A surprisingly similar experience awakened in me whilst doing my family tree.  The more ancestors I discovered the more I felt I was connected to a bigger whole. It has enabled me to place myself in part of a much larger framework, which has quite a humbling narrative. I discovered that nearly every single life that preceded mine was endowed with more poverty and hardship than I could ever imagine. And my family history is not at all unusual in this respect. In fact it is indicative of life for the majority. The fact is that the kind of people who are able to read this blog post, live in one of the most comfortable blips in human history. We sit at the pinnacle of a breathtaking growth in prosperity. The Radio 4 podcasts ‘A History of Britain in Numbers’ are well worth listening to. In the episode on the nation’s prosperity, Andrew Dilnot, Chair of the UK Statistics Authority, Nick Crafts of Warwick University and the economic historian Bob Allen inform us that the recession and austerity that we are experiencing today can be described as a fairly small hole that begins at the end of a giant hill of enormous prosperity. A housemaid in 1890 earned £14 per annum. The adjusted figure for today is £1400 per annum. That is 1/10th of the minimum wage today. In ‘real wages’ the average person now earns five times more that the average person who lived on the eve of the First World War. Just imagine that for a moment. Take your present income. Take away 80% and leave all prices the same as they are today. That is the reality for a time that is barely out of reach of living memory. Transport people back to 1930 (one year before my parents were born) and we would feel worse off. And not only in terms of surviving on a shockingly low income to outgoings ratio; there’d be no television, no mobile telephone and no antibiotics.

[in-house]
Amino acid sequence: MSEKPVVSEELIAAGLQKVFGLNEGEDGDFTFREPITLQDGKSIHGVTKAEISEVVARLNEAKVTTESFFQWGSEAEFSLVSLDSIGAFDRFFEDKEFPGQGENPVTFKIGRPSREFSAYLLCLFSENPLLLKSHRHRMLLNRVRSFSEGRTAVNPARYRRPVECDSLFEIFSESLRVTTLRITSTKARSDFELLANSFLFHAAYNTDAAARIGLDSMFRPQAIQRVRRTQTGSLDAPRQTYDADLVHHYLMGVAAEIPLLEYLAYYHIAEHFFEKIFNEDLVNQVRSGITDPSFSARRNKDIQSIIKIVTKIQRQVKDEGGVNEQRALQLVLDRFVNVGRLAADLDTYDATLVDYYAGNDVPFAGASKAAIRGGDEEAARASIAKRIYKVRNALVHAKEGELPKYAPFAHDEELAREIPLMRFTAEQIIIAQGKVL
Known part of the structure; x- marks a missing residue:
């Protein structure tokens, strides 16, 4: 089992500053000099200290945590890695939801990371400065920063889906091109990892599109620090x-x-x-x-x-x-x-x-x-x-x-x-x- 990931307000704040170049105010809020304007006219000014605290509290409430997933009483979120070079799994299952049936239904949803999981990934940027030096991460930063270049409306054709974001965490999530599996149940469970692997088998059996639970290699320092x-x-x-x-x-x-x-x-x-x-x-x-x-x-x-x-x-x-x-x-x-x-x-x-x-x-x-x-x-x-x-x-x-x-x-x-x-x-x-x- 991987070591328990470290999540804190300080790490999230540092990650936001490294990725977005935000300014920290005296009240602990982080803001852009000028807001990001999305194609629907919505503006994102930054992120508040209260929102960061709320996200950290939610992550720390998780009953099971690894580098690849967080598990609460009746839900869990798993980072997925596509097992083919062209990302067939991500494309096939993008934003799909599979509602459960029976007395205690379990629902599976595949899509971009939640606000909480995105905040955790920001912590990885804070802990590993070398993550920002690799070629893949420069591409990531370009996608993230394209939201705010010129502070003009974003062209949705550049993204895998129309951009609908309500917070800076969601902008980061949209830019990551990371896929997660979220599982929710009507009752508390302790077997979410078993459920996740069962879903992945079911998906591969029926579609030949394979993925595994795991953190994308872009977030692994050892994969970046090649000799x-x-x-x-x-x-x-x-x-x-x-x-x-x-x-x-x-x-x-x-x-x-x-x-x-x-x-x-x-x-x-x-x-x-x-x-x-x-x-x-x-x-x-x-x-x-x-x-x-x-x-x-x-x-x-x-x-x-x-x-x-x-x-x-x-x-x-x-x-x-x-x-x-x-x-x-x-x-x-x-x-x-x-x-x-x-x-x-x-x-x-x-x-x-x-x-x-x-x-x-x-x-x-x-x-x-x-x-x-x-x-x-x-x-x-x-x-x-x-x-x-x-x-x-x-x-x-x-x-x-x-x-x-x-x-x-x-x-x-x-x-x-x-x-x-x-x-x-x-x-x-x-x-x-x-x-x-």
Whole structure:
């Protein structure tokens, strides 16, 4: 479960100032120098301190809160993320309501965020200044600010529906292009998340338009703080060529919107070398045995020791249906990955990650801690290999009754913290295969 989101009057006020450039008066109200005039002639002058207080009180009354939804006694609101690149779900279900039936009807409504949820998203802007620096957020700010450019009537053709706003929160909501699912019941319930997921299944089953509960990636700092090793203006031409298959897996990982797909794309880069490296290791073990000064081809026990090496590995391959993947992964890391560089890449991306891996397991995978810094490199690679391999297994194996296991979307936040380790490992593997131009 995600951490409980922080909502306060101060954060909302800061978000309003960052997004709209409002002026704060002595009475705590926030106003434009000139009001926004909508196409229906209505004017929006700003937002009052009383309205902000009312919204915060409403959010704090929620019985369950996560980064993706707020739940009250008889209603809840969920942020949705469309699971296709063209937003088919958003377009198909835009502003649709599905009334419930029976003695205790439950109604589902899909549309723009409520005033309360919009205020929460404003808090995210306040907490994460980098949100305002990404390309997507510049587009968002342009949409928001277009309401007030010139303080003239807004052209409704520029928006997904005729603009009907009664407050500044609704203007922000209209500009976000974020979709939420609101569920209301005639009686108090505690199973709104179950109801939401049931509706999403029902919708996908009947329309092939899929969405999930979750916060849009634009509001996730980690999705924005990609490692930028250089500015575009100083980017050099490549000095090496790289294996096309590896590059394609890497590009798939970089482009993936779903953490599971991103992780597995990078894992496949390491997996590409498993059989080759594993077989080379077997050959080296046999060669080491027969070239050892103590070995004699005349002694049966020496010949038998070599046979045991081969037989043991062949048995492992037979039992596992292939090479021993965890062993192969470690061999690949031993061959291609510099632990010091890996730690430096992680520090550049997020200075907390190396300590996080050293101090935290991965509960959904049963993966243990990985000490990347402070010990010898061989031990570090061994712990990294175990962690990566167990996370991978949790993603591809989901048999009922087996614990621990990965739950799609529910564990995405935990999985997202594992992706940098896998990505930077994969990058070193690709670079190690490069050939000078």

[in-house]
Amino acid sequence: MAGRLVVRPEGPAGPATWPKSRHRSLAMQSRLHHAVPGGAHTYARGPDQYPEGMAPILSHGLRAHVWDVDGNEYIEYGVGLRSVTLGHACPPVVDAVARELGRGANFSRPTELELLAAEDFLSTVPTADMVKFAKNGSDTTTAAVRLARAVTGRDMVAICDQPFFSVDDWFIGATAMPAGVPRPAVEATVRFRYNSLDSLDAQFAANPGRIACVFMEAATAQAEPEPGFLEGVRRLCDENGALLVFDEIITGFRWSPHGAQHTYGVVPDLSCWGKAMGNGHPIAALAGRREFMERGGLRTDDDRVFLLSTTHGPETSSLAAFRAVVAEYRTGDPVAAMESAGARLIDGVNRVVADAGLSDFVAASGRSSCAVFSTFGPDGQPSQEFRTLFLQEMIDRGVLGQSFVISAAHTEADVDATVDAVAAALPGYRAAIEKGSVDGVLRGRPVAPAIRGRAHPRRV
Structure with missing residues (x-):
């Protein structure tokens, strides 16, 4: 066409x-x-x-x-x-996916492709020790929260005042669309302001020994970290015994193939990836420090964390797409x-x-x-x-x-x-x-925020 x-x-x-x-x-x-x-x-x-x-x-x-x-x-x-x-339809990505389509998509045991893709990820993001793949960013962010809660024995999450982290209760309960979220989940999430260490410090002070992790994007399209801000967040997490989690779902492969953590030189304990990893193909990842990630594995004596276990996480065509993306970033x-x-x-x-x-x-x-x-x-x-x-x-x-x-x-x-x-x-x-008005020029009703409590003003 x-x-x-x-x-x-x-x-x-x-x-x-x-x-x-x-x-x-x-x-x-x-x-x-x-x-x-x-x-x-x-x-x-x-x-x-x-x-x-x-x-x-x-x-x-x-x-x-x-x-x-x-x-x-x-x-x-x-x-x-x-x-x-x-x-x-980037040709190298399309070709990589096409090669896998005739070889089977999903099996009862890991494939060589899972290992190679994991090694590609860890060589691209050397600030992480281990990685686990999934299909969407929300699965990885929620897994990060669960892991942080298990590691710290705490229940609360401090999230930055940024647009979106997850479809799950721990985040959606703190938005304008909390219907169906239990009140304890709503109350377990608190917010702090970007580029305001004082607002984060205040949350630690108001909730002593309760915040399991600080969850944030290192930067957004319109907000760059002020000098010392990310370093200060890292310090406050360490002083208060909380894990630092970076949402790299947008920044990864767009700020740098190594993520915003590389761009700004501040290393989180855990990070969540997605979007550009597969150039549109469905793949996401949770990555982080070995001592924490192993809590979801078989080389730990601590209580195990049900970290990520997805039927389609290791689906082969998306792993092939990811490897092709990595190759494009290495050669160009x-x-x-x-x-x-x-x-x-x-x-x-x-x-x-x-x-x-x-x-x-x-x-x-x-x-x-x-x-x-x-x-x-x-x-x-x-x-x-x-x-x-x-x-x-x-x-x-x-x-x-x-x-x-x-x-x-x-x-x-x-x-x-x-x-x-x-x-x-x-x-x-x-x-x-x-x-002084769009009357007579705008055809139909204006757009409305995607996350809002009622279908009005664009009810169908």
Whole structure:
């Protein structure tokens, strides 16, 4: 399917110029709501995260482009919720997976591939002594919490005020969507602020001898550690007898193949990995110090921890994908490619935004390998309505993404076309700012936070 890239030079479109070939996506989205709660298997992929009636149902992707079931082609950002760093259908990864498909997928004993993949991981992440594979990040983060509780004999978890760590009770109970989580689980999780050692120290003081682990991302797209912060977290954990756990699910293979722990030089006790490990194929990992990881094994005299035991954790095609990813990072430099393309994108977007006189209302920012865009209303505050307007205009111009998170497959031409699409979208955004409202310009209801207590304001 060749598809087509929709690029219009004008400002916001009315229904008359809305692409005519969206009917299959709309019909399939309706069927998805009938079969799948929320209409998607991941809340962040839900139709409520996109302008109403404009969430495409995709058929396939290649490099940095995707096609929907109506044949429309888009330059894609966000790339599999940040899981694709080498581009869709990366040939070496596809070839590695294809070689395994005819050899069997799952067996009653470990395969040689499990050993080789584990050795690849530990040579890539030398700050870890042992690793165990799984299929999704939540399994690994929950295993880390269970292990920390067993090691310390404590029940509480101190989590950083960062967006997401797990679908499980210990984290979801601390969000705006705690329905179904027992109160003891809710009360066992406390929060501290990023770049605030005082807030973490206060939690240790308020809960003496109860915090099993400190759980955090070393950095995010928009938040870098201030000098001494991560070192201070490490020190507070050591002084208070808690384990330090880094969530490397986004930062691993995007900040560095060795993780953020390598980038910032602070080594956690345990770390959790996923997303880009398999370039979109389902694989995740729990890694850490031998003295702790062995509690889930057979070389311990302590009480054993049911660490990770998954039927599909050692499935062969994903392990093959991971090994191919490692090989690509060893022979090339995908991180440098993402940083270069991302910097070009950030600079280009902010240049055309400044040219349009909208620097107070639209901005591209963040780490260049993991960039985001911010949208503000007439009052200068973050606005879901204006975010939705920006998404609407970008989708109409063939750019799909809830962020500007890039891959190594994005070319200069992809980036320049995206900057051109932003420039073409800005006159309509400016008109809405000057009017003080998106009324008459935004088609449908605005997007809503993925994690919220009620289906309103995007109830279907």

These stats can become more meaningful when we connect our ancestors to them and our own lives in comparison. Recently I temporarily felt a little deflated when a lecturer on my MA course told the class that 100 years ago, ‘even the most stupid academic would speak several languages’. I feel less inclined to be deflated when I remember the ‘X’ that my G.G. Grandfather has for a signature on his son’s marriage certificate. The vast majority of my ancestors never even went to school. Compulsory schooling was only introduced in England in 1870. In this light, the fact I am able to study for an MA at all becomes a gift to appreciated. Similarly if I get depressed by the nature of politics today and question whether voting is important or not, I try to remember the arson campaign that my suffragette relative and her friend Kitty Marion got arrested for in their fight for the right to win the vote for women. A fight that was only won in 1928. And if I occasionally feel that I don’t have as much money as I would quite like to have, I try to remember a great uncle of mine who died as a ‘pauper woolcomber’ in a workhouse for the poor and the destitute.

In our ‘default modes’ we don’t tend to see these things. We tend to not look back. We forget. We forget to place ourselves in the bigger picture. Our perception is perhaps based more on how well off we are compared to our contemporaries. By keeping up with the Joneses. But by remembering to connect to a larger picture, we might feel that in comparison to most who came before us – in some cases perhaps all who came before us – we do have enough*. And it is with this realisation that feelings of related unease can be dissipated. Now that is a practice of gratitude which I can subscribe to!

 

* This post was focussing on overcoming feelings of not having or being enough. Being thankful for what one has certainly does not mean that one should acquiesce to ever increasing levels of inequality in society or to not, on occasion, get angry about it. There is obviously a larger context.